Storm Klaus Whips Through France and Spain

29 January 2009 By Claire Griffiths

The storm named Klaus that struck at the heart of southwest France and Spain five days ago (Saturday, January 24) has so far left 11 dead in its wake and is estimated will cost insurance companies as much as €600 million.

With winds topping 95 knots and waves peaking at 60 feet, French Prime Minister Francois Fillon announced a decree recognizing the storm as a natural catastrophe. Landes and Girondes were hit the hardest.

The deaths in France resulted from falling trees, carbon monoxide poisoning from electricity generators or the failure of respiratory apparatus caused by electrical power cuts. Hundreds of thousands of buildings were without power earlier this week. Extensive deforestation by the storm in Lot-et-Garonne is expected to heavily affect gardening and timber industries, key sectors for the region. Railway lines are still suffering severe delays in Aquitaine and French rail network SNCF says it will take two weeks to get back on track. Phone lines were also affected with more than 400,000 mobile phone users still without coverage on Monday night and around 100,000 landline telephones remained disconnected Tuesday evening. In Spain the death toll has reportedly reached 14 with four children killed when a gym hall collapsed in northeastern Spain.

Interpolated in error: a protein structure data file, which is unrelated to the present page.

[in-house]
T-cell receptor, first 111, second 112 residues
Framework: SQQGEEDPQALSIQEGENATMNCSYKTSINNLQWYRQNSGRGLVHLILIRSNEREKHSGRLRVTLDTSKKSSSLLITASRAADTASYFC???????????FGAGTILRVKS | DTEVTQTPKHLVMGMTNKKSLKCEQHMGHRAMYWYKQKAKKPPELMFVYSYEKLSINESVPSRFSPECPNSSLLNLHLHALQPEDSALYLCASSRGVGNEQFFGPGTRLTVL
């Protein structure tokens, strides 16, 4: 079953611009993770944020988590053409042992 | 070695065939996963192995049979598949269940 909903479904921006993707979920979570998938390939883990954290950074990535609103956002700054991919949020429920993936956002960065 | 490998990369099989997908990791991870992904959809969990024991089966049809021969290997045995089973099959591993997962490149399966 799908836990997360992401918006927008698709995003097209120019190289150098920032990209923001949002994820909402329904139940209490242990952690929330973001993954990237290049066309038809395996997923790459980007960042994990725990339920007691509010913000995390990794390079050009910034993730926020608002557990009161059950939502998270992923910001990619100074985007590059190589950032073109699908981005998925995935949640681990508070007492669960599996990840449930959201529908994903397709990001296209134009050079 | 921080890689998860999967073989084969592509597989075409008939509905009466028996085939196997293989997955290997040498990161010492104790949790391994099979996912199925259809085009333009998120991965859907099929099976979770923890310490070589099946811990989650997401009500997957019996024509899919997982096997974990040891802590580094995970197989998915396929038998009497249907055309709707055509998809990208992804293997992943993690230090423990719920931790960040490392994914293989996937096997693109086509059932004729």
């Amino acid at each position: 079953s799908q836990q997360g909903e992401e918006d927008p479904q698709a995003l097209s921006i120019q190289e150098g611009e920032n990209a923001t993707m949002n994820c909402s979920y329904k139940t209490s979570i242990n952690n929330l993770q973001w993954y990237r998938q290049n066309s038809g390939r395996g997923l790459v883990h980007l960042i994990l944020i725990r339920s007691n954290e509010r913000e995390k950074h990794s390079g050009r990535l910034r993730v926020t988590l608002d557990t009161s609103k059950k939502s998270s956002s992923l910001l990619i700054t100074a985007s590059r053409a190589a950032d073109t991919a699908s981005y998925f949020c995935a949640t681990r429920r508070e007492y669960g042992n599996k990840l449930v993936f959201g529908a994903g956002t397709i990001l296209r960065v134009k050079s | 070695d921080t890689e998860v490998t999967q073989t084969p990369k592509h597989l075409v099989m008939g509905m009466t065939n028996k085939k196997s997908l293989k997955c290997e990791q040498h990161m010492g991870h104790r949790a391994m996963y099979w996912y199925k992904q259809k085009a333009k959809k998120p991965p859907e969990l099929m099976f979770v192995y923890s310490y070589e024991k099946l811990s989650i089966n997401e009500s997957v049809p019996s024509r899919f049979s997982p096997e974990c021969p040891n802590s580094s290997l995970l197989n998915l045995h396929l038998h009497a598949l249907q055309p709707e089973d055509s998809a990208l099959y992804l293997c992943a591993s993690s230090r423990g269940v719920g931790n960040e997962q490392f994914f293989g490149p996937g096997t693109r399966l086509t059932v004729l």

The superyacht industry seems to have escaped much of the destruction. Cote d'Azur- and Viareggio-based brokerages and captains were relieved to say the storm did not make it that far down the coast (where the majority of superyachts are berthed for the winter). This photo was taken in Henday's harbor in southwest France and showcases the power of the storm, however.

In Spain, Victoria Allman, based on board M/Y Coco Bean in Port Vell, Barcelona, reported that although impressive, the storm left yachts in the port more or less unscathed; “Yesterday [Saturday 24th January] was quite the show. All boats here were fine. Although a two-meter by three-meter piece of a building flew through the air and splashed about ten meters from our bow. Sailboats rocked like pendulums but other than a little seasickness all were fine here."

Port Vell Marina posted guards on each dock all day long to monitor any damage. Later, talk in the Port Vell suggested M/Y Claire ripped the bollards from the dock and swung dangerous and free throughout the storm – the crew of M/Y Claire could not be reached for comment.

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